Nelson was eventually called back to Britain. Nelson, Emma and her husband William Hamilton travelled together and set up home in Piccadilly London. On the 31st of January 1801 Emma gave birth to a baby girl they named Horatia, the child was Nelsons.

 It was such an unusual situation that the press had a hay day with reporting this scandal. Nelson and Emma had become the two most famous Britain’s in the World. They lived openly, obviously very much in love, and under the same roof as Emma’s husband. He was now retired, his health was not very good, and yet he seemed to support the affair between his wife and Nelson.

People became fascinated with the story of Nelson and Emma. The press were reporting on them all the time, and the public became hungry for Emma to set the Fashion trends. They wanted to read how she decorated her home, and what dinner party menus she organised. Emma had become like Princess Diana, and the press were reporting her every move. However the fairy tale was not going to end well.

Emma put on a lot of weight, and around this time she turned down an offer to sing in Madrid for the Royal opera. It would appear her glamorous days were over. Nelson had shown he was unhappy with the social life Emma had always craved, so she turned her attentions on their home.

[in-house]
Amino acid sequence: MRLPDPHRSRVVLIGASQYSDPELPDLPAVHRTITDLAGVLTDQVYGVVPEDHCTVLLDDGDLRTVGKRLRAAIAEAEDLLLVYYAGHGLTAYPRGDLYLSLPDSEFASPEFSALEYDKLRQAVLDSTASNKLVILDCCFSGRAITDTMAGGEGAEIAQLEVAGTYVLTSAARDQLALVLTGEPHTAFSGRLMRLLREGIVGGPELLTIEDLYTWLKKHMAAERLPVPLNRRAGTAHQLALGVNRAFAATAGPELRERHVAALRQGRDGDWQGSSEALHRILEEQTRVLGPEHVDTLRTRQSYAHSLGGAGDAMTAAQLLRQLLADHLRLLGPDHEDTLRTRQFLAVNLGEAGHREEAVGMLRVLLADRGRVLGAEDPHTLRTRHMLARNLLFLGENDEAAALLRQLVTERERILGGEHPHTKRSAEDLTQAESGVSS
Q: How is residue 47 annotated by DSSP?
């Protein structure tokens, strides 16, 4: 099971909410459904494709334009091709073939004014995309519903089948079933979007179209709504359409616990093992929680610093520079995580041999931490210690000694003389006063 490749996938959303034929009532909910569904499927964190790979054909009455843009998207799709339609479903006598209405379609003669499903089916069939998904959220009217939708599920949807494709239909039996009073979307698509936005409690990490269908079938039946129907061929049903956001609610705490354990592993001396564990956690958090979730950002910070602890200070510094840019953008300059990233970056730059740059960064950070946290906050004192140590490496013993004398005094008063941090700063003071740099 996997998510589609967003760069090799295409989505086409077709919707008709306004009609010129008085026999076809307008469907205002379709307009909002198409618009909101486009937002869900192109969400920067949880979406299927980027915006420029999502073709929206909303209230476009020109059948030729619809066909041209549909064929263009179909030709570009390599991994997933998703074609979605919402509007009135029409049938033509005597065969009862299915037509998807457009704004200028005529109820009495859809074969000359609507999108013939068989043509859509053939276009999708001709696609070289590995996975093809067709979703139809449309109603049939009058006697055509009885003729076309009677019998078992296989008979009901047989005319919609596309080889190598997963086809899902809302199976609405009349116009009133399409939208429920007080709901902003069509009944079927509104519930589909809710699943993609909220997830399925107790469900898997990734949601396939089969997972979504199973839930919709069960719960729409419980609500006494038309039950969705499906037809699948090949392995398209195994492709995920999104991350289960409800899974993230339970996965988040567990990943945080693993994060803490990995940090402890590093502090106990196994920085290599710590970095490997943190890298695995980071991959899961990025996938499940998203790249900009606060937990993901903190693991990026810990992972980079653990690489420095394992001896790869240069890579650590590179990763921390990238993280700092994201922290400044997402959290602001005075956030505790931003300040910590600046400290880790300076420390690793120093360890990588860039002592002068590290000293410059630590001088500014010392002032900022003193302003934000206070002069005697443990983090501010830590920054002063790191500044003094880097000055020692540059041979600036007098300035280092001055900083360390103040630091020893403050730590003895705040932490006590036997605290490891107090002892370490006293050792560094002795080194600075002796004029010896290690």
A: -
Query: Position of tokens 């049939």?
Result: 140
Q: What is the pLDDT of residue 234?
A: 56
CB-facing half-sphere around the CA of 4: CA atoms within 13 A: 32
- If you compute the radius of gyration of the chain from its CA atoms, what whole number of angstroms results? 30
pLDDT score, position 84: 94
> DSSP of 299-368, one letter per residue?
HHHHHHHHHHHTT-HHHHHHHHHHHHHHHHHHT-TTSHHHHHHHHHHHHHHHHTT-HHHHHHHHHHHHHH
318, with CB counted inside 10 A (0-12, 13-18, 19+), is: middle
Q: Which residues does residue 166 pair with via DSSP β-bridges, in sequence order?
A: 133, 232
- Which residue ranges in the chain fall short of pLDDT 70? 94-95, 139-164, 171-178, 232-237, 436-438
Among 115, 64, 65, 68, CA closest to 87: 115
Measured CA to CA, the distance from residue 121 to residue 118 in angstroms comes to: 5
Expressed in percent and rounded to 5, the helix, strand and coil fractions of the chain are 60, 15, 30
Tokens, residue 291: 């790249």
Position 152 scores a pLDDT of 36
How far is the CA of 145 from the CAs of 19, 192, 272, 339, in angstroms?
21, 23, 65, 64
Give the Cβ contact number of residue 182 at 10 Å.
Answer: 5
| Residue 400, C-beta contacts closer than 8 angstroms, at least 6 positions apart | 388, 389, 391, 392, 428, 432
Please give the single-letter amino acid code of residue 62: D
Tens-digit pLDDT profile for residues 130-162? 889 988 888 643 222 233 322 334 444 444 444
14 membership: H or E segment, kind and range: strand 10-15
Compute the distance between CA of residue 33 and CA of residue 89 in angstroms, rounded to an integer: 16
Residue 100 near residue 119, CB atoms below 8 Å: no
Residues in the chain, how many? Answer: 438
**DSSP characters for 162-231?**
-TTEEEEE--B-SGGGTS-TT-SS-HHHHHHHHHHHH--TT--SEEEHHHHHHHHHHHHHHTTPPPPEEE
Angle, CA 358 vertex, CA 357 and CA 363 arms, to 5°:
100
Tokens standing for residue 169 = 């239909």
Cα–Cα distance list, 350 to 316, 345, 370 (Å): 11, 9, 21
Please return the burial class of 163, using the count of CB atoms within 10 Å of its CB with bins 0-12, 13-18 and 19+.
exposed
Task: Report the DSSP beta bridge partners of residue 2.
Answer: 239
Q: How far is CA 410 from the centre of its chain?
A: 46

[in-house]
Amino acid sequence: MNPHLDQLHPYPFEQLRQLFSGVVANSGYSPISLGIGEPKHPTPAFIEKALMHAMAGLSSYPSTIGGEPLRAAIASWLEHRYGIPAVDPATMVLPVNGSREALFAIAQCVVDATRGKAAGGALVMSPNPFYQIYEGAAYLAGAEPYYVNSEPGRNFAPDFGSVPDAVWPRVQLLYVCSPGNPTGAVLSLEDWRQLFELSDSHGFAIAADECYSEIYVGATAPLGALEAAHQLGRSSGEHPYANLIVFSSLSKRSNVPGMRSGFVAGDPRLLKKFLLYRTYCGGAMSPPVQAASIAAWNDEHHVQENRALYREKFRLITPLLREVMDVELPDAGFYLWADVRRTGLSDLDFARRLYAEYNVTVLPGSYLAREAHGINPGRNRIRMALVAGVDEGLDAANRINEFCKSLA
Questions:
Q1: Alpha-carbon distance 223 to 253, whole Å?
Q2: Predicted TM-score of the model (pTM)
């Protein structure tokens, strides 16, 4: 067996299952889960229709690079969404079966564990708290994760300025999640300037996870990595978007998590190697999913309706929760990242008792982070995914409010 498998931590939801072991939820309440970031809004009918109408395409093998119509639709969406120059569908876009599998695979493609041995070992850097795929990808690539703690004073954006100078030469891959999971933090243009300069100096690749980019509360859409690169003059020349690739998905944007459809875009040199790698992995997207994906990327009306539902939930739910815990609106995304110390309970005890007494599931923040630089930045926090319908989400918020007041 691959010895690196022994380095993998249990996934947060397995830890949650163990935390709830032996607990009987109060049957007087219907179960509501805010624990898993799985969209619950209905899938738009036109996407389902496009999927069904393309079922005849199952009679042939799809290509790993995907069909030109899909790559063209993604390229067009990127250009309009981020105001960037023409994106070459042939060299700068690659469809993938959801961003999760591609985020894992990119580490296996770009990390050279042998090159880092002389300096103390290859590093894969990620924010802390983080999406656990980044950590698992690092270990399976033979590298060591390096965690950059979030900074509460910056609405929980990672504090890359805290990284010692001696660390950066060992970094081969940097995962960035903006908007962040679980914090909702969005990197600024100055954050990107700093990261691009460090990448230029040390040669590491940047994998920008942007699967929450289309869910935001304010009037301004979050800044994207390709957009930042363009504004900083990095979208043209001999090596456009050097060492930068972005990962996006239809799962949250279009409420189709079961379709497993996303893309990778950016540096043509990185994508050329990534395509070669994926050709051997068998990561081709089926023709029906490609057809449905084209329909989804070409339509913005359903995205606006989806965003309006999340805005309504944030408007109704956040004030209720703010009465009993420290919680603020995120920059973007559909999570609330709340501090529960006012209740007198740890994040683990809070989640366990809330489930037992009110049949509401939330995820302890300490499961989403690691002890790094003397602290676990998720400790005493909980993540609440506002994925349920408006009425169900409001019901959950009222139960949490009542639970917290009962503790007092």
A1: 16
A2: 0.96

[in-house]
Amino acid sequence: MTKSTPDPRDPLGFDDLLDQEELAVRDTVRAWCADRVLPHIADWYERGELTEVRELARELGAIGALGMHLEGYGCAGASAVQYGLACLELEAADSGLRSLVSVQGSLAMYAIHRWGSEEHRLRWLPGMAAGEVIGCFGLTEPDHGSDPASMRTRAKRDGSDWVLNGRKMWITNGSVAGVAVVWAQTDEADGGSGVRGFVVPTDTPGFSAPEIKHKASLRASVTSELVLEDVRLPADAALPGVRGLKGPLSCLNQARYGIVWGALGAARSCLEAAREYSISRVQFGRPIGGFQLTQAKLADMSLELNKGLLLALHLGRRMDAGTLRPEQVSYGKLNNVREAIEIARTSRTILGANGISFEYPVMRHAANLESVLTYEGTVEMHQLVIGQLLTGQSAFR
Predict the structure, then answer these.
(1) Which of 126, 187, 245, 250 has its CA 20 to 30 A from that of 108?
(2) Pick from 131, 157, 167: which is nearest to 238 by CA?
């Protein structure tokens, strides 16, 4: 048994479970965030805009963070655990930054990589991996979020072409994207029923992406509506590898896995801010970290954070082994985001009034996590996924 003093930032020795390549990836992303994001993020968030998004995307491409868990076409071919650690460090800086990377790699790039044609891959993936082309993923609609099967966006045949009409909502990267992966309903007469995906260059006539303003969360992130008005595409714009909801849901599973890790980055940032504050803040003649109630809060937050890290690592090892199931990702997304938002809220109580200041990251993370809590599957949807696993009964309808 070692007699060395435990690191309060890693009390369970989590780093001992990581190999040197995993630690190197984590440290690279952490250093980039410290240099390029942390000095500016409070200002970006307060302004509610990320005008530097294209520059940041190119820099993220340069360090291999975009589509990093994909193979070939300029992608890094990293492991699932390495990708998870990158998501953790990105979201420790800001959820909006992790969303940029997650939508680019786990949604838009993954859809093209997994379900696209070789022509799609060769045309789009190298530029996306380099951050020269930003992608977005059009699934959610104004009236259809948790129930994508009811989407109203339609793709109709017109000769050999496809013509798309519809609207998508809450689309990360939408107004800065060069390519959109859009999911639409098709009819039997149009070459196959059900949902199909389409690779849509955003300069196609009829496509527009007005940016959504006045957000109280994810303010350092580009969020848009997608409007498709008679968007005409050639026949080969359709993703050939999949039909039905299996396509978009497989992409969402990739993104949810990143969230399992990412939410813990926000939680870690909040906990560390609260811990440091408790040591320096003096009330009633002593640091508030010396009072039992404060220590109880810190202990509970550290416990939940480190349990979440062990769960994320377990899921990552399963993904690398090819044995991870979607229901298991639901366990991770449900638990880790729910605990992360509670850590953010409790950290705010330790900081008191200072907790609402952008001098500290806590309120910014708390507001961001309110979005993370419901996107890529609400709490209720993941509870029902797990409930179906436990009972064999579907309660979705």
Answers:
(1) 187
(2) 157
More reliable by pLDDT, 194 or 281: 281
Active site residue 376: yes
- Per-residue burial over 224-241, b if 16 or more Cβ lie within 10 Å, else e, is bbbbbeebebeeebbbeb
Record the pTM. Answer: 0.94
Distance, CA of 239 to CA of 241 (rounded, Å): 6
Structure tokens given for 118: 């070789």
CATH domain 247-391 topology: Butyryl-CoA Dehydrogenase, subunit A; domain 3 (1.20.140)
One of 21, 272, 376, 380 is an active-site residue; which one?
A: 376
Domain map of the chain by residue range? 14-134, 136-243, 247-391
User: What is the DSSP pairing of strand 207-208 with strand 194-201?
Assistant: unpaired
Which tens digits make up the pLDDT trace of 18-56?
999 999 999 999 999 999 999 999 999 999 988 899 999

Ataque británico en Santa Cruz de TenerifeAtaque británico en Santa Cruz de Tenerife

The Admiralty were very aware of the scandalous affair between Nelson and Emma, and they made a decision to send Nelson back to sea to fight in the Napoleonic Wars. When he left, Emma was pregnant again, another baby girl was born only to survive a few weeks. The death of the baby, along with missing Nelson caused Emma to go downhill. She started gambling and spending too much money.

Her husband Sir William had now died and at long last she was free to marry the love of her life, but it was not to be. On the 21st of October 1805 Nelson was badly wounded in The Battle of Trafalgar and he died. Back in London Emma obviously took this news very badly, it is recalled she did not speak or cry for ten hours such was the shock to her of losing Nelson.

Nelson had left instructions for the Government to take care of Emma, in spite of Nelsons status this was ignored and Emma got into debt. On this note we should have empathy for Emma who tried to keep the home Nelson had left to her as a monument to him.

Her love and admiration to Nelson’s memory caused Emma to spend a year in a virtual debtor’s prison. There was no one to turn to for help, with her daughter she fled to France, where she ended up living in Calais and turned to drink.

The once glamorous, beautiful woman who was adored and loved very much by the national hero Nelson, was now living in poverty. Emma died in January 1815 from amoebic dysentery.

Nelsons daughter Horatia married Rev. Philip Ward and had ten children. Horatia led a quiet normal life, and never publicly recognised she was indeed the daughter of the two most famous Britain’s of their time.

Last modified on Monday, 26 August 2013 11:59